NidaPlast Panel for Sole

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bklake
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Re: NidaPlast Panel for Sole

Post by bklake »

cape_fisherman wrote: Sat Mar 20, 2021 4:08 pm That's a fine decision...but I have to wonder...

You said that you don't want the "adventure" of glassing the panels, but then go on to say that you'd add another layer of glass to the panels. I'm curious why you would pay that much more money just to spend even more on it? "To me" it makes more sense to spend half the money on the panel & simply glass it. But that's me. Oh...and you don't have to glass the entire 4x8 panel. Cut your pattern first, and then glass. That way you aren't glassing the wasted pieces.

Not to worry...I'm just thinking out loud.

The honeycomb is certainly the way to go. A friend of mine has used 3", glassed with two layers of 1700 each side, over a 16' unsupported span in the salon of a sportfisher. Worked fine, and helped suppress the sound of the engine room below.
To clarify, 1 layer of glass over plywood. Plans don't specify any glass over ply. I would use the NidaPlast Panels as they come.

I have not explored honeycomb laminating very much. My impressions was that you need a vacuum set-up to make parts. I will look into this further because it looks like NidaPlast H8PP, sold here, seems like it is designed to be laminated just like plywood. Nida-Core has many products. You have to pay attention to the name/model/specification for the correct procedure for laminating. I know how to work with plywood and epoxy. Never tried honeycombs. If it is just like ply, I'm in.

The sole spans about 20" between stringers on the HB16. The core thickness to span 20" is what is important here. It doesn't need to be thick enough to span 8 feet. I have a working knowledge of composite structures especially what you can and cannot do. I understand hard points, edge treatments, point loads, spans, etc. What I don't know is if the sole of the HB16 is critical to the overall hull strength. If so, is the honeycomb panel is strong enough to do the job.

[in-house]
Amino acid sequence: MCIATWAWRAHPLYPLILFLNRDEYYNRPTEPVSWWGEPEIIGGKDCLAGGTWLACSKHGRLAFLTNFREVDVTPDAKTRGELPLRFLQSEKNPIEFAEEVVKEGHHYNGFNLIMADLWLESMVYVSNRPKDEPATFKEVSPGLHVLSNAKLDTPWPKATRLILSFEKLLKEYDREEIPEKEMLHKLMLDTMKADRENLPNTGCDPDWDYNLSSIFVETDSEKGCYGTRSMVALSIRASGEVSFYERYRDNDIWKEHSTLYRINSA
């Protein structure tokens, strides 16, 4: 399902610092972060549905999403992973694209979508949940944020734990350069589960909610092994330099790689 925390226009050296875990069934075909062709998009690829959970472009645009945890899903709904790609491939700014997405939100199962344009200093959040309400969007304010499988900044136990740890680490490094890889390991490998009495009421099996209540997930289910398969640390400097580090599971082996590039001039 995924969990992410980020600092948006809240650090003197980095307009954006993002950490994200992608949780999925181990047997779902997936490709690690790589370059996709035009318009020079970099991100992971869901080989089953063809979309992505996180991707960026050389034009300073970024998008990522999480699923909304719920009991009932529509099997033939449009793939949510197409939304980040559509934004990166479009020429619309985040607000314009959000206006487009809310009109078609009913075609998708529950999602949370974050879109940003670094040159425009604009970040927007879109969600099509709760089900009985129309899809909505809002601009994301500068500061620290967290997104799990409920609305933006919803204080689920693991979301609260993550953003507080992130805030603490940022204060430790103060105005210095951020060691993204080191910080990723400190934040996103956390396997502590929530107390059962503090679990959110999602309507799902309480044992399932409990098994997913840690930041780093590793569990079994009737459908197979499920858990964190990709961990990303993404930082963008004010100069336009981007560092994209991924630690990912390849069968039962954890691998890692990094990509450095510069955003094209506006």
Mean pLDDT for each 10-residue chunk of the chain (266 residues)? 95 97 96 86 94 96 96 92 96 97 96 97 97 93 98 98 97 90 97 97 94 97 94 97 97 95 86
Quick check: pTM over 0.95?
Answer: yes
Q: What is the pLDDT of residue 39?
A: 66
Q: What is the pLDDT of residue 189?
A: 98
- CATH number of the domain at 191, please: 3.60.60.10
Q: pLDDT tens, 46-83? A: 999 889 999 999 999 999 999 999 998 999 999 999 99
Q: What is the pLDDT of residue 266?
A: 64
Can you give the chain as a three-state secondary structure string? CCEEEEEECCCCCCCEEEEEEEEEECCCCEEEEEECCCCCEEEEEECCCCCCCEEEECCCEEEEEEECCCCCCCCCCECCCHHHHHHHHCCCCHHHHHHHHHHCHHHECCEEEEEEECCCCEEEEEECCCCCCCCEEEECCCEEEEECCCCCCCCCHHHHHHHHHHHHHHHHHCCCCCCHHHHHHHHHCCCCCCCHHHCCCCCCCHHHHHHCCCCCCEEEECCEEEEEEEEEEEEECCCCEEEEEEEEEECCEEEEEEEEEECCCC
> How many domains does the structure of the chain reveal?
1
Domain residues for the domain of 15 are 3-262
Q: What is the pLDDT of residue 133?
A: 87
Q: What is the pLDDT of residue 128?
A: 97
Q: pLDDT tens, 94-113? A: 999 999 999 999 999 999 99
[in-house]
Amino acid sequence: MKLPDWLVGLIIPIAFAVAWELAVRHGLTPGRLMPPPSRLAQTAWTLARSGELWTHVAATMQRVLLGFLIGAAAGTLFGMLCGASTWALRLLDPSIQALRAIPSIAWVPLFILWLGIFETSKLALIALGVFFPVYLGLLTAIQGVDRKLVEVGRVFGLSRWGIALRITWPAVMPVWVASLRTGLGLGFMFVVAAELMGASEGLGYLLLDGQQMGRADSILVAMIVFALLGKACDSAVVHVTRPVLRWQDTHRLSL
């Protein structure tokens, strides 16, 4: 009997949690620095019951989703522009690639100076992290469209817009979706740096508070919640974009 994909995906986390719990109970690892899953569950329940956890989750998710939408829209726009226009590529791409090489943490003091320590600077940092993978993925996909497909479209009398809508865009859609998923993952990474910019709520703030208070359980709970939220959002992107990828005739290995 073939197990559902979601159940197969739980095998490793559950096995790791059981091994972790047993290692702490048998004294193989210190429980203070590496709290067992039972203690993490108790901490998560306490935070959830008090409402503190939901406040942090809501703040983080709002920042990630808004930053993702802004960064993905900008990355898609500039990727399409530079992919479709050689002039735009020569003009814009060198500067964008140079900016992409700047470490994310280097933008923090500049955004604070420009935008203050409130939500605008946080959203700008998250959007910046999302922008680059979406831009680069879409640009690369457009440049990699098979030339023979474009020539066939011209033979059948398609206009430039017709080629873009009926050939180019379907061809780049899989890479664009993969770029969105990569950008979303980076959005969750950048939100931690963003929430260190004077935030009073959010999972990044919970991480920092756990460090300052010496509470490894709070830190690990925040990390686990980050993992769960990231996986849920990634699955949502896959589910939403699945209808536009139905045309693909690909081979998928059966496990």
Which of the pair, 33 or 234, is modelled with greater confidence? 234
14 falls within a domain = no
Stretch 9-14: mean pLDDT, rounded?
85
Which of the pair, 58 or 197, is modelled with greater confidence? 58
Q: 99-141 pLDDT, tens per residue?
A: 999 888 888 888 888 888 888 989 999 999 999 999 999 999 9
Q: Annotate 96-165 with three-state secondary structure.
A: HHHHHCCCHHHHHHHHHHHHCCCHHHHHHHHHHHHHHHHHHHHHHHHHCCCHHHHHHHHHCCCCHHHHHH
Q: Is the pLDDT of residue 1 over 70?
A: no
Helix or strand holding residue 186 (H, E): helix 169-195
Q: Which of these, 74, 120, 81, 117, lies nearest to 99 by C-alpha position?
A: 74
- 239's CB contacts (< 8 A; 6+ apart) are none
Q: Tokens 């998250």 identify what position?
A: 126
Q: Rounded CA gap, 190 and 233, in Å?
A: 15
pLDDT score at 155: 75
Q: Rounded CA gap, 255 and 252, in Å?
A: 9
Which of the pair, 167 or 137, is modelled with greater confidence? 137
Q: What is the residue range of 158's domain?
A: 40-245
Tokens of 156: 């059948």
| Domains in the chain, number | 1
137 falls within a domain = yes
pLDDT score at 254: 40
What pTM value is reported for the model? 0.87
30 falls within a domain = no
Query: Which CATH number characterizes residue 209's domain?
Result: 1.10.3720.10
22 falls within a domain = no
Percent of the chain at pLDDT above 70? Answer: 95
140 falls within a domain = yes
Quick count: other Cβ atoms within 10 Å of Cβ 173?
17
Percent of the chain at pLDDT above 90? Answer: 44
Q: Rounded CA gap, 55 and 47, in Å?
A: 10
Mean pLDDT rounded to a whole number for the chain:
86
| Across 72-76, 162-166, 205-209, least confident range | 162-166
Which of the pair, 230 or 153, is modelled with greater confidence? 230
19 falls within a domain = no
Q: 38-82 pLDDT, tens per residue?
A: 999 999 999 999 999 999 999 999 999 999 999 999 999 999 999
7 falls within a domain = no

Fuzz
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Re: NidaPlast Panel for Sole

Post by Fuzz »

This is just for info for those who are thinking of using honeycomb.
Image
Two hatches for my SeaSport. One is factory built and one I made. The factory one is 1/2 inch plywood with glass and extra bracing. The other is 3/4 honeycomb with no extra bracing.
Image
The factory used matt and poly but they did a very good job as the hatch is still good after 35 years. Mine is 1700, two layers each side, and epoxy.Factory hatch is 31 by 43 inch span and weighs 14.8 kg.
Other one is is 34 by 29, span is 34 and weighs 7.2 kg.
Both hatches have held up well to 300lb guys walking on them.

Matt Gent
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Re: NidaPlast Panel for Sole

Post by Matt Gent »

I can confirm that Nidacore or similar honeycomb is a wet noodle without glass layers on either side. The scrim is only there to absorb resin for laminating glass on it.